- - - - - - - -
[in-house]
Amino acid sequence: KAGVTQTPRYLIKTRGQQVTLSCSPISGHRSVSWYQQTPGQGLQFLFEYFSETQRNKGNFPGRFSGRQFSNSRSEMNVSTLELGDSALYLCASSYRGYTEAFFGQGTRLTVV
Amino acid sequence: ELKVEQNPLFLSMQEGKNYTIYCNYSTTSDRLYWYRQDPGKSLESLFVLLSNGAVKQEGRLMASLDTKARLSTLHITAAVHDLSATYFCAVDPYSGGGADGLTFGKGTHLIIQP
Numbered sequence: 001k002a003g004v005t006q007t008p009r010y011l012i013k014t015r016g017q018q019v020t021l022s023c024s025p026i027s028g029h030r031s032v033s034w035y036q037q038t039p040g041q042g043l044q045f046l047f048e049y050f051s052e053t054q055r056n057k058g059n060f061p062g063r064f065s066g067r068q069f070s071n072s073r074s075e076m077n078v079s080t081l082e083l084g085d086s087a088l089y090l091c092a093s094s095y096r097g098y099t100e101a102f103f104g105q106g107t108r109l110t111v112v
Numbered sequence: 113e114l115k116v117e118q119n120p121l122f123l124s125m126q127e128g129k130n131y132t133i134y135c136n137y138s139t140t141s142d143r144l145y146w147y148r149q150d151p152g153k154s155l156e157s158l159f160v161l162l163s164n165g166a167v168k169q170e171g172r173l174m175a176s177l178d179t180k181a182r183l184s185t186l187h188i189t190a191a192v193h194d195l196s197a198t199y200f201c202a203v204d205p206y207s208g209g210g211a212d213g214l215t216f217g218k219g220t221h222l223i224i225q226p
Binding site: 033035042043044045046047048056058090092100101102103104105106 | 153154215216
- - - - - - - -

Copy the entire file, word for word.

[in-house]
Amino acid sequence: KAGVTQTPRYLIKTRGQQVTLSCSPISGHRSVSWYQQTPGQGLQFLFEYFSETQRNKGNFPGRFSGRQFSNSRSEMNVSTLELGDSALYLCASSYRGYTEAFFGQGTRLTVV
Amino acid sequence: ELKVEQNPLFLSMQEGKNYTIYCNYSTTSDRLYWYRQDPGKSLESLFVLLSNGAVKQEGRLMASLDTKARLSTLHITAAVHDLSATYFCAVDPYSGGGADGLTFGKGTHLIIQP
Numbered sequence: 001k002a003g004v005t006q007t008p009r010y011l012i013k014t015r016g017q018q019v020t021l022s023c024s025p026i027s028g029h030r031s032v033s034w035y036q037q038t039p040g041q042g043l044q045f046l047f048e049y050f051s052e053t054q055r056n057k058g059n060f061p062g063r064f065s066g067r068q069f070s071n072s073r074s075e076m077n078v079s080t081l082e083l084g085d086s087a088l089y090l091c092a093s094s095y096r097g098y099t100e101a102f103f104g105q106g107t108r109l110t111v112v
Numbered sequence: 113e114l115k116v117e118q119n120p121l122f123l124s125m126q127e128g129k130n131y132t133i134y135c136n137y138s139t140t141s142d143r144l145y146w147y148r149q150d151p152g153k154s155l156e157s158l159f160v161l162l163s164n165g166a167v168k169q170e171g172r173l174m175a176s177l178d179t180k181a182r183l184s185t186l187h188i189t190a191a192v193h194d195l196s197a198t199y200f201c202a203v204d205p206y207s208g209g210g211a212d213g214l215t216f217g218k219g220t221h222l223i224i225q226p
Binding site: 033035042043044045046047048056058090092100101102103104105106 | 153154215216